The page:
A zo­ol­o­gist who saved birds from dy­ing of hunger

Hindustan Times (Jalandhar) - - HTSPOTLIGH­T - Badri Chat­ter­jee badri.chat­terje@hin­dus­tan­times.com

MUM­BAI: Three weeks into the lock­down im­posed due to the Covid-19 pan­demic, the sud­den death of around 30 birds, mostly crows, over two days (April 11 and 12) within and around the Smt Chandibai Hi­math­mal Man­sukhani (CHM) Col­lege cam­pus in Ul­has­na­gar, Thane district, came as a shock for col­lege staff and res­i­dents.

The col­lege prin­ci­pal Manju Pathak ex­plained that prior to the lock­down, birds used to feed on leftovers of the col­lege can­teen, and grains left daily by com­muters on roads that run along the pe­riph­ery of the col­lege lo­cated op­po­site Ul­has­na­gar rail­way sta­tion.

“Fol­low­ing the lock­down, this stopped. On April 11 two birds died, and a day later 24 more in­clud­ing crows and pi­geons were found dead across the cam­pus. A vet­eri­nar­ian who had con­ducted a post mortem on one of the birds told us that they died ow­ing to the lack of food and wa­ter,” Pathak said.

On April 11, when Sarita Khan­chan­dani, 43, a zo­ol­o­gist and for­mer school teacher learnt about the in­ci­dent, she con­tacted the col­lege prin­ci­pal and asked per­mis­sion to set up bird feed­ers in­side the col­lege.

In the weeks that fol­lowed, only one more bird died, Pathak said. How­ever, Khan­chan­dani was still per­turbed. “I needed to do some­thing more for the species that can­not voice their con­cerns,” she said.

Khan­chan­dani man­aged to ac­quire plas­tic con­tain­ers and pet bot­tles from lo­cal gro­cers while col­lect­ing melamine or plas­tic plates from ho­tels and restau­rants. She also col­lected wires and ca­bles. With this plas­tic refuse, Khan­chan­dani made 541 bird feed­ers over the course of the next two months.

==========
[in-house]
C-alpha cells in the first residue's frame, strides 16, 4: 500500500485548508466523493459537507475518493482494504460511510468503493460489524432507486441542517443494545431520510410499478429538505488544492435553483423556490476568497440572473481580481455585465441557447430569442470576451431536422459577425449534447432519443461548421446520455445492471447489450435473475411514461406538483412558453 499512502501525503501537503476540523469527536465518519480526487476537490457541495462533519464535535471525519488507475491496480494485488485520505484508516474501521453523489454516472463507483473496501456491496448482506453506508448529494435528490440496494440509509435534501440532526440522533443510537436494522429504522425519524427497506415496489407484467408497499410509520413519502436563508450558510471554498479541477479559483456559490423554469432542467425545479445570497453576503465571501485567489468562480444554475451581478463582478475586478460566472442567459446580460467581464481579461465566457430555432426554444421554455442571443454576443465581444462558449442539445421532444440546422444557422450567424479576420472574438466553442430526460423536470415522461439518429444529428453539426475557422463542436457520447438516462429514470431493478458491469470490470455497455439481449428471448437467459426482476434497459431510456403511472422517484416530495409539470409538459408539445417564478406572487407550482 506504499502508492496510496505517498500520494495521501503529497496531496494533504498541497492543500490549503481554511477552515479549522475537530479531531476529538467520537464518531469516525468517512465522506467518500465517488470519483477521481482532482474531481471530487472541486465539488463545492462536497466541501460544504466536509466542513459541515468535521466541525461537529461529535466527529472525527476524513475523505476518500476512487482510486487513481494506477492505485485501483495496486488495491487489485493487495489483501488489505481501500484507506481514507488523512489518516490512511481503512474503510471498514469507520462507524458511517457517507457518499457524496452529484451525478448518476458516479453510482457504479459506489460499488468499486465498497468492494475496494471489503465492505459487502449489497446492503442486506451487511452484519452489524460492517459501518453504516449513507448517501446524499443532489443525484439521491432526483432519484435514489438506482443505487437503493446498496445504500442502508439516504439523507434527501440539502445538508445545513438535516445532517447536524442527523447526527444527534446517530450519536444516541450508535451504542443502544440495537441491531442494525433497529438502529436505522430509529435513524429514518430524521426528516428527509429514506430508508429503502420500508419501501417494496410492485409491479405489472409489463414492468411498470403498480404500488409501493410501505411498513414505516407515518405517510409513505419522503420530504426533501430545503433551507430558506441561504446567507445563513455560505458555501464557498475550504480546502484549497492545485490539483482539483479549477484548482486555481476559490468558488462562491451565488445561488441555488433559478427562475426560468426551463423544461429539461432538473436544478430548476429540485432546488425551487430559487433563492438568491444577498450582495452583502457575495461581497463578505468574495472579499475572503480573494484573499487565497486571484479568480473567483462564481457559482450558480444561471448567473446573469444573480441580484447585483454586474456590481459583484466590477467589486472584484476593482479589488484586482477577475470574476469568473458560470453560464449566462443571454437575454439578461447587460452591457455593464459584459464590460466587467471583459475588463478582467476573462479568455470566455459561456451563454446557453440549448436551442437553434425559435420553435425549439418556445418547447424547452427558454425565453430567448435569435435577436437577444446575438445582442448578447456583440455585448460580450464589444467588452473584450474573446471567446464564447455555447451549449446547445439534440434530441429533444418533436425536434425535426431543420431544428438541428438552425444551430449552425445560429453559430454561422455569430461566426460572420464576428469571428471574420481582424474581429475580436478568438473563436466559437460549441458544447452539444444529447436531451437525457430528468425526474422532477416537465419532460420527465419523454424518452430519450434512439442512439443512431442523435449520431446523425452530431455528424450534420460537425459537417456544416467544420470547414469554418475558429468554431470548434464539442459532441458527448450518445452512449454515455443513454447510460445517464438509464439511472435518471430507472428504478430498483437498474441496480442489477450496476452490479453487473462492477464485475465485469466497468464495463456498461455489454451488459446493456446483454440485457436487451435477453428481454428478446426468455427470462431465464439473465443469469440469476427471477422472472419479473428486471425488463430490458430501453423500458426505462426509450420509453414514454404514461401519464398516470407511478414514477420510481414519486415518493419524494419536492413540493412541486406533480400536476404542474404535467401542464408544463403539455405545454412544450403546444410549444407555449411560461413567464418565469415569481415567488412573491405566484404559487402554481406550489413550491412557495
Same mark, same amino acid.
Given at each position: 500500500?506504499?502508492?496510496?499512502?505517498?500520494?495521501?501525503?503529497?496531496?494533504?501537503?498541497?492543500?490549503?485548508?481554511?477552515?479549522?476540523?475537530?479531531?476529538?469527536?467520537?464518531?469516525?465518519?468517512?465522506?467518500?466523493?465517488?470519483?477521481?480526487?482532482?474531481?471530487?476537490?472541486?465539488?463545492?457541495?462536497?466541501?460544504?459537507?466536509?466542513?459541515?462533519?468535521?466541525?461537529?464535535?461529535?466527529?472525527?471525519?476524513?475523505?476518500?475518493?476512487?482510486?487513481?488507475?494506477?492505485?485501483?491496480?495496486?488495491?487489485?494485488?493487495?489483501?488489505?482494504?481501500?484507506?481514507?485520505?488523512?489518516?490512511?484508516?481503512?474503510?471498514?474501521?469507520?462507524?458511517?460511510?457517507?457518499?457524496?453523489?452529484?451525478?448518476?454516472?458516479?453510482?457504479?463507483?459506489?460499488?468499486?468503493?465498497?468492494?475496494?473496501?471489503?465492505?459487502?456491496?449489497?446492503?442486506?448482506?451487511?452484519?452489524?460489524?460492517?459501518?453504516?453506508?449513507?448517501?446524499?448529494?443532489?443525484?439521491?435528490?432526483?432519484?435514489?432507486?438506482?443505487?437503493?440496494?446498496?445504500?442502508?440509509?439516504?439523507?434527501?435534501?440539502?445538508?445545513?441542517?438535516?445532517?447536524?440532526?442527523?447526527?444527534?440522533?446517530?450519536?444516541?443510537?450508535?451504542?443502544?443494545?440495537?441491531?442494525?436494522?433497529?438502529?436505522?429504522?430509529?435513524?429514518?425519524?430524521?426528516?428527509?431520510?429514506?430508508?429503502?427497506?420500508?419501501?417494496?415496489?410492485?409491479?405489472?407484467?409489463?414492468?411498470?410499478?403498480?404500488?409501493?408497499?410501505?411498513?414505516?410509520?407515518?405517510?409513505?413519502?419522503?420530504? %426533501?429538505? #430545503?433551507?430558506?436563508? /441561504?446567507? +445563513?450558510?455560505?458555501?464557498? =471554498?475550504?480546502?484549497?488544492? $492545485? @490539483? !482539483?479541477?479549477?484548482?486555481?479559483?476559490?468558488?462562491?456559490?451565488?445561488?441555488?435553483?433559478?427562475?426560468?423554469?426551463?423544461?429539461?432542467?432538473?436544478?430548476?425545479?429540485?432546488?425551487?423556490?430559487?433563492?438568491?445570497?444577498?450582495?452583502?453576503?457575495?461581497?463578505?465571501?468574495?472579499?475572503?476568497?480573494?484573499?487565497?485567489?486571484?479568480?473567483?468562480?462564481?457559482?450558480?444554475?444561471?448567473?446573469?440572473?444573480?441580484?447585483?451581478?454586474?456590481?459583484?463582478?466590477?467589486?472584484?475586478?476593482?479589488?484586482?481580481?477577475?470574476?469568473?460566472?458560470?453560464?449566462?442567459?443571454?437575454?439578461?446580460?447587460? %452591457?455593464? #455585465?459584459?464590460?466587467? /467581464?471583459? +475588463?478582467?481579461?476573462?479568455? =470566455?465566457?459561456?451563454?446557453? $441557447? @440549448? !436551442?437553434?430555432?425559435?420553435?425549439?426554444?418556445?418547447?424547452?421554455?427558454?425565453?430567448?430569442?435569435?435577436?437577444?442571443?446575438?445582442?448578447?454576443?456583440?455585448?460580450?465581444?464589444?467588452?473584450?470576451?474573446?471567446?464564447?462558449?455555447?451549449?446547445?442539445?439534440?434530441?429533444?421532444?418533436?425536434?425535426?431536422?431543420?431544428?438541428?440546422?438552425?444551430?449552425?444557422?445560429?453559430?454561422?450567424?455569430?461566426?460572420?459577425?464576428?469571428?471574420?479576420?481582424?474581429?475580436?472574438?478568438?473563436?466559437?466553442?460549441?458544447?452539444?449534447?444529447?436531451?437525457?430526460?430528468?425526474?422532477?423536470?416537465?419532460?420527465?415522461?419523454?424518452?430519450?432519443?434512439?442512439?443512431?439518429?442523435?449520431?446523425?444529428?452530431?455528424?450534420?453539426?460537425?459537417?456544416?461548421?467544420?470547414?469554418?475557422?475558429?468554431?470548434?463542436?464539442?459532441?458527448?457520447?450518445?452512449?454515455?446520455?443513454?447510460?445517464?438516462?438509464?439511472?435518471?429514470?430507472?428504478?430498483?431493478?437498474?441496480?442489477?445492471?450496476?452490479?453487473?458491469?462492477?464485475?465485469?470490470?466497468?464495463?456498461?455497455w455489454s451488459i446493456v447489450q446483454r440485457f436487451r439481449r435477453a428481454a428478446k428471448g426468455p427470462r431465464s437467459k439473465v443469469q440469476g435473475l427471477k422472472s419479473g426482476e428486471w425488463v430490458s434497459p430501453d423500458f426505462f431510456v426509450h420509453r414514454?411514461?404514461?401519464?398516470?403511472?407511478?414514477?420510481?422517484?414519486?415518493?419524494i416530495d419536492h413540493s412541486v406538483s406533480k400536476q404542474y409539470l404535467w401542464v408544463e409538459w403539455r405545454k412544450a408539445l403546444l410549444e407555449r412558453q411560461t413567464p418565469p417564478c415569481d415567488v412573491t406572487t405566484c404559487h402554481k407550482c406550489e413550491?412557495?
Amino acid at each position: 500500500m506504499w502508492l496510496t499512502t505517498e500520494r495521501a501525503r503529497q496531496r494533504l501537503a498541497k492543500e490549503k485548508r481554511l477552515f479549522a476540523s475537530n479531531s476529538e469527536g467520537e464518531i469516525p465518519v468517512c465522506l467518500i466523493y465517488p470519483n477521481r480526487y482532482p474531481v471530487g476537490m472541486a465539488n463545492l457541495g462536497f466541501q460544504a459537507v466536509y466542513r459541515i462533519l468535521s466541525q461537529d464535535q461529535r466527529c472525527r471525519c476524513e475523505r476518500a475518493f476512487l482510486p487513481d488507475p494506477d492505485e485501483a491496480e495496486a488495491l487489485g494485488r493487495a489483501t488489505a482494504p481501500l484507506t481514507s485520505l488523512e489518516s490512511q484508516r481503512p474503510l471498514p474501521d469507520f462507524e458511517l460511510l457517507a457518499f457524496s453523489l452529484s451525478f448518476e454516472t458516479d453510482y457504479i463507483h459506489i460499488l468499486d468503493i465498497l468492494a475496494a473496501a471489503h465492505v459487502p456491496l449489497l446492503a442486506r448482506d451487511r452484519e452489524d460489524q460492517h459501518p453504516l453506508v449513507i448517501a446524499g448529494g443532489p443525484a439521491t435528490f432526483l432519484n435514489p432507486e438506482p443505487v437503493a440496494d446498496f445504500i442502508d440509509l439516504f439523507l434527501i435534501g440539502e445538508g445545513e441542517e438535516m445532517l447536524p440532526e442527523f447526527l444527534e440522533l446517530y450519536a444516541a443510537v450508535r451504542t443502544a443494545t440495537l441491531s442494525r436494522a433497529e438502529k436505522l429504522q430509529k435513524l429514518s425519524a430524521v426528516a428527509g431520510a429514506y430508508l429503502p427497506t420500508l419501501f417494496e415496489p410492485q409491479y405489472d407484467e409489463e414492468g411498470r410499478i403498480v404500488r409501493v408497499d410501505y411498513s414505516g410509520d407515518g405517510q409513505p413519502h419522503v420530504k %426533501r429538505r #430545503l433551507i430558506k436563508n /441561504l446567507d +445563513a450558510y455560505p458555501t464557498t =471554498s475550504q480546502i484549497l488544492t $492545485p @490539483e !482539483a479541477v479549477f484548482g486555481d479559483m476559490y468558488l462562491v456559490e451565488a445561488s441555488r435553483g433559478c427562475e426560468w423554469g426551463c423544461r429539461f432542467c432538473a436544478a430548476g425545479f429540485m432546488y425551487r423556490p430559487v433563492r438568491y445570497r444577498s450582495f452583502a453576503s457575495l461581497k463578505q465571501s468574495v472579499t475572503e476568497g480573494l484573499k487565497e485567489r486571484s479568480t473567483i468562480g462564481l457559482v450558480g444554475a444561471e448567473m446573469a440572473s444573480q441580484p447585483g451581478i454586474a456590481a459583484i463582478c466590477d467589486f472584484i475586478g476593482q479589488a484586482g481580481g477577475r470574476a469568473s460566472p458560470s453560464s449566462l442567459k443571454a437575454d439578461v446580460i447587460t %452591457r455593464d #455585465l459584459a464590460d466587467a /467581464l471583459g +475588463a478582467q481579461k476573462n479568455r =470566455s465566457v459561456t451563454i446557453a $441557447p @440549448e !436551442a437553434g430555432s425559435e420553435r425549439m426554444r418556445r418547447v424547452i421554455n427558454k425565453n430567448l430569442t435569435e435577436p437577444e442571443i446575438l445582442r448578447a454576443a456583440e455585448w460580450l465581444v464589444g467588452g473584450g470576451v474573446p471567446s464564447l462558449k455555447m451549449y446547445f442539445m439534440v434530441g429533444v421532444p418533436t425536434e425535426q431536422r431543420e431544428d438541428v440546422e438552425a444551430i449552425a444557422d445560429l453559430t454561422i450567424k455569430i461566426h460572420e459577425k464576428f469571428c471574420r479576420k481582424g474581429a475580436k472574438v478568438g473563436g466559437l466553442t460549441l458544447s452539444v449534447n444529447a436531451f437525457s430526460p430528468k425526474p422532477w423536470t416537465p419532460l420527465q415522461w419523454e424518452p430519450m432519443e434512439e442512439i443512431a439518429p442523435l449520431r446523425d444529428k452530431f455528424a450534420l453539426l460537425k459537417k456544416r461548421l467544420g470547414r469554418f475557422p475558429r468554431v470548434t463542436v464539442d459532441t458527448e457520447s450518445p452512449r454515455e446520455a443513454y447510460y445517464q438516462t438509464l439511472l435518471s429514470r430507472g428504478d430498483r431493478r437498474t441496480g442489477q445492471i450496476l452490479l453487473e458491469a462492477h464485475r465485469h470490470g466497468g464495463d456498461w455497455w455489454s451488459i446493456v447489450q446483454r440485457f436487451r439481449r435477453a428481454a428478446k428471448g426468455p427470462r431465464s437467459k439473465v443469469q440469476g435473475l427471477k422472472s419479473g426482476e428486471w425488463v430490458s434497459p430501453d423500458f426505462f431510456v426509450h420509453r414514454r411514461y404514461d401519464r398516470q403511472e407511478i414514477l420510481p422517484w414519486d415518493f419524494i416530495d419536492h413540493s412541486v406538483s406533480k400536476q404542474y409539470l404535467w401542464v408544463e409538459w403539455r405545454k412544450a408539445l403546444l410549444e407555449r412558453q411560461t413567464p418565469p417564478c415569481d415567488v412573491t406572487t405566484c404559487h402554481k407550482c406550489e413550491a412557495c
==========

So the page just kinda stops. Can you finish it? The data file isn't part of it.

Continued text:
“It’s sim­ple, you drill a hole in the cen­tre of the plate. Then plas­tic con­tain­ers are at­tached on top us­ing nut bolts. By mak­ing a few more holes on ei­ther side of the con­tainer or bot­tle, a bunch of ca­bles or wires are passed through them to en­sure they are sturdy when hung from trees or el­e­vated ar­eas. Next, feed­ers were filled with mil­let or rice grains.”

With the help of lo­cal se­cu­rity staff and teenagers from her colony, she in­stalled th­ese feed­ers across Ul­has­na­gar, Am­ber­nath, and a few more ar­eas of Thane district. “We en­sured th­ese feed­ers were placed in ar­eas gen­er­ally fre­quented by birds. We re­ceived videos from [res­i­dents] and re­alised not just birds but even squir­rels were us­ing them.”

Such ef­forts mainly help make peo­ple aware of the re­spon­si­bil­ity we have as cit­i­zens, said ex­perts. “His­tor­i­cally, the ar­chi­tec­ture of houses were such that were nooks and cran­nies around homes where birds could make nests, and peo­ple would leave grains but as cities be­came more cos­mopoli­tan, the ar­chi­tec­ture changed, re­duc­ing space for them,” said Su­nil Li­maye, ad­di­tional prin­ci­pal chief con­ser­va­tor of for­est (wildlife), Ma­ha­rash­tra. “She (Khan­chan­dani) has done a stu­pen­dous job ...”.

Of the com­mon birds found across cities, more than crows, pi­geons had trou­ble find­ing food dur­ing the lock­down, said Deepak Apte, di­rec­tor, Bom­bay Nat­u­ral His­tory So­ci­ety adding, “Such ef­forts need to be en­cour­aged...”.

“Khan­chan­dani’s ef­forts are a re­minder for all of us for do­ing a tad bit morew,” Pathak said.

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